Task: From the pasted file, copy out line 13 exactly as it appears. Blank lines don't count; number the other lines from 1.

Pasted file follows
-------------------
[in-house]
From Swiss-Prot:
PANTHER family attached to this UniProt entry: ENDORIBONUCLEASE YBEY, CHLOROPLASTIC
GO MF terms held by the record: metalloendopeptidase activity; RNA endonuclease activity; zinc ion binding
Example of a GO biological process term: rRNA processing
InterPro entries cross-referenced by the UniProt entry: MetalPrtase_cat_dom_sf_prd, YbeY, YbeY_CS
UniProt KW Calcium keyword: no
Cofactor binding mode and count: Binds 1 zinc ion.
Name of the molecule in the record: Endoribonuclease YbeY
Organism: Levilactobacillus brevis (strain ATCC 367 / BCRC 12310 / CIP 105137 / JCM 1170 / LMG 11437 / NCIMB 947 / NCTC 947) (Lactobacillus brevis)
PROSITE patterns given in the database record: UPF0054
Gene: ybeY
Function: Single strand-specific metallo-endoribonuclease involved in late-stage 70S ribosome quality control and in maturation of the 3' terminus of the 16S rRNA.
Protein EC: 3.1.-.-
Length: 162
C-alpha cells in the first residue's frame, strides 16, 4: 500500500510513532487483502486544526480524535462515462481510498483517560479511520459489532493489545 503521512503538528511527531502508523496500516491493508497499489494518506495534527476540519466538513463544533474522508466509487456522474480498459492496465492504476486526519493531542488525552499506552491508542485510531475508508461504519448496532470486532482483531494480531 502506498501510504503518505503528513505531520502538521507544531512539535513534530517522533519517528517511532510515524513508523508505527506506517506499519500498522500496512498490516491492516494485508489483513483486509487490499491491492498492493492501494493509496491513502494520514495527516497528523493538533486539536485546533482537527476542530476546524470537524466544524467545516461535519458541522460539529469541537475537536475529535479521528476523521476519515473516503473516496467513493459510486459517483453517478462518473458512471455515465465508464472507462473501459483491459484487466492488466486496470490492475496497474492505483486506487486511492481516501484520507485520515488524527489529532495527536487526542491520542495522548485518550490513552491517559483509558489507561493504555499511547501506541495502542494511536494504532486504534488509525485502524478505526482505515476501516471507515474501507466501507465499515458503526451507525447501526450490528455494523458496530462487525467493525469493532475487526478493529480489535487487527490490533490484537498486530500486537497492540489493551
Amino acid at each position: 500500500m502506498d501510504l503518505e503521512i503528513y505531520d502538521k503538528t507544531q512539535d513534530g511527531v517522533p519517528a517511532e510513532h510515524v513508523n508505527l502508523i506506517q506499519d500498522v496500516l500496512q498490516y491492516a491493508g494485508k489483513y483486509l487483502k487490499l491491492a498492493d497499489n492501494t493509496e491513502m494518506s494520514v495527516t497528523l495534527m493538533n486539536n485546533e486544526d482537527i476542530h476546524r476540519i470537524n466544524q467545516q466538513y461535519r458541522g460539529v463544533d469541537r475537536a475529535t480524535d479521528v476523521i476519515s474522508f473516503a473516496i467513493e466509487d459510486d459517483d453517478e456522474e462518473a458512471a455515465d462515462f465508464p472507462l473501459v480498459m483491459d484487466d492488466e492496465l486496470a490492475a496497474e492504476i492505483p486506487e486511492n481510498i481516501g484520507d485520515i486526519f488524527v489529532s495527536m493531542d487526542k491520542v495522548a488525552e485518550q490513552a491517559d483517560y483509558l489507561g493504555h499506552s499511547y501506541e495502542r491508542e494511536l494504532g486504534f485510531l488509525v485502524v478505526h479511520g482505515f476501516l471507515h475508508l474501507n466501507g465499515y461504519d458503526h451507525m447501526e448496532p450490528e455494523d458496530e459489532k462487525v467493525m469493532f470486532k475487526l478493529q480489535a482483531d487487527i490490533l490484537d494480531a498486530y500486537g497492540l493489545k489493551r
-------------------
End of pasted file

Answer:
Function: Single strand-specific metallo-endoribonuclease involved in late-stage 70S ribosome quality control and in maturation of the 3' terminus of the 16S rRNA.